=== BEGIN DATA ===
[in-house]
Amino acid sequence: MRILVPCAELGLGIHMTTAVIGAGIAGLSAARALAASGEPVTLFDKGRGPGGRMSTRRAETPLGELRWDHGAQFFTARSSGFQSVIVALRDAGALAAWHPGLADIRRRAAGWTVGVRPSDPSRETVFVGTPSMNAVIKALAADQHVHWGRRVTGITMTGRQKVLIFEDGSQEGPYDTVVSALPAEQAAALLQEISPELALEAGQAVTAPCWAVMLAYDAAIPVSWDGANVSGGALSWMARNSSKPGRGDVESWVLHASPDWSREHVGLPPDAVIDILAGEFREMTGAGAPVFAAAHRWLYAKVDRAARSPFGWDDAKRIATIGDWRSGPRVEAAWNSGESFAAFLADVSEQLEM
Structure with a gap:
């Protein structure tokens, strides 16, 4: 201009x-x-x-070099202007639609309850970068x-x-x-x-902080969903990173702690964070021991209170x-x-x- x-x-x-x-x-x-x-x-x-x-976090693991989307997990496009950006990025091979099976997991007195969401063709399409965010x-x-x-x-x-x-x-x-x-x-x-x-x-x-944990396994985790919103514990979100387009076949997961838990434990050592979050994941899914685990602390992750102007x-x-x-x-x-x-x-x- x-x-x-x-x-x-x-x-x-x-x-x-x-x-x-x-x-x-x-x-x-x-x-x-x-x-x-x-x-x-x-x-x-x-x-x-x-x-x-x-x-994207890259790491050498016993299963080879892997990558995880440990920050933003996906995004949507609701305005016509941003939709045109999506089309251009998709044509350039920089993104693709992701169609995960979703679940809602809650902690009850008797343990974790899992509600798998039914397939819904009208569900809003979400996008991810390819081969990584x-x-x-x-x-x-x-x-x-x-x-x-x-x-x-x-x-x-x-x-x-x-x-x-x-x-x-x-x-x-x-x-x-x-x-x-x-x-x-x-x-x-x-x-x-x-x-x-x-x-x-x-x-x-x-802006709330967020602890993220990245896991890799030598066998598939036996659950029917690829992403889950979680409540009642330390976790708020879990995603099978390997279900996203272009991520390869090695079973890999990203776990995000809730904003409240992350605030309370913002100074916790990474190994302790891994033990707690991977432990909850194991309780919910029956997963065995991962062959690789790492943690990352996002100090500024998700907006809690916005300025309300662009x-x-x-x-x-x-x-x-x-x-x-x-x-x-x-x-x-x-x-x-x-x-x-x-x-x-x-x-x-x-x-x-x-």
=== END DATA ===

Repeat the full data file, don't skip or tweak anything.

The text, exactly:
[in-house]
Amino acid sequence: MRILVPCAELGLGIHMTTAVIGAGIAGLSAARALAASGEPVTLFDKGRGPGGRMSTRRAETPLGELRWDHGAQFFTARSSGFQSVIVALRDAGALAAWHPGLADIRRRAAGWTVGVRPSDPSRETVFVGTPSMNAVIKALAADQHVHWGRRVTGITMTGRQKVLIFEDGSQEGPYDTVVSALPAEQAAALLQEISPELALEAGQAVTAPCWAVMLAYDAAIPVSWDGANVSGGALSWMARNSSKPGRGDVESWVLHASPDWSREHVGLPPDAVIDILAGEFREMTGAGAPVFAAAHRWLYAKVDRAARSPFGWDDAKRIATIGDWRSGPRVEAAWNSGESFAAFLADVSEQLEM
Structure with a gap:
């Protein structure tokens, strides 16, 4: 201009x-x-x-070099202007639609309850970068x-x-x-x-902080969903990173702690964070021991209170x-x-x- x-x-x-x-x-x-x-x-x-x-976090693991989307997990496009950006990025091979099976997991007195969401063709399409965010x-x-x-x-x-x-x-x-x-x-x-x-x-x-944990396994985790919103514990979100387009076949997961838990434990050592979050994941899914685990602390992750102007x-x-x-x-x-x-x-x- x-x-x-x-x-x-x-x-x-x-x-x-x-x-x-x-x-x-x-x-x-x-x-x-x-x-x-x-x-x-x-x-x-x-x-x-x-x-x-x-x-994207890259790491050498016993299963080879892997990558995880440990920050933003996906995004949507609701305005016509941003939709045109999506089309251009998709044509350039920089993104693709992701169609995960979703679940809602809650902690009850008797343990974790899992509600798998039914397939819904009208569900809003979400996008991810390819081969990584x-x-x-x-x-x-x-x-x-x-x-x-x-x-x-x-x-x-x-x-x-x-x-x-x-x-x-x-x-x-x-x-x-x-x-x-x-x-x-x-x-x-x-x-x-x-x-x-x-x-x-x-x-x-x-802006709330967020602890993220990245896991890799030598066998598939036996659950029917690829992403889950979680409540009642330390976790708020879990995603099978390997279900996203272009991520390869090695079973890999990203776990995000809730904003409240992350605030309370913002100074916790990474190994302790891994033990707690991977432990909850194991309780919910029956997963065995991962062959690789790492943690990352996002100090500024998700907006809690916005300025309300662009x-x-x-x-x-x-x-x-x-x-x-x-x-x-x-x-x-x-x-x-x-x-x-x-x-x-x-x-x-x-x-x-x-």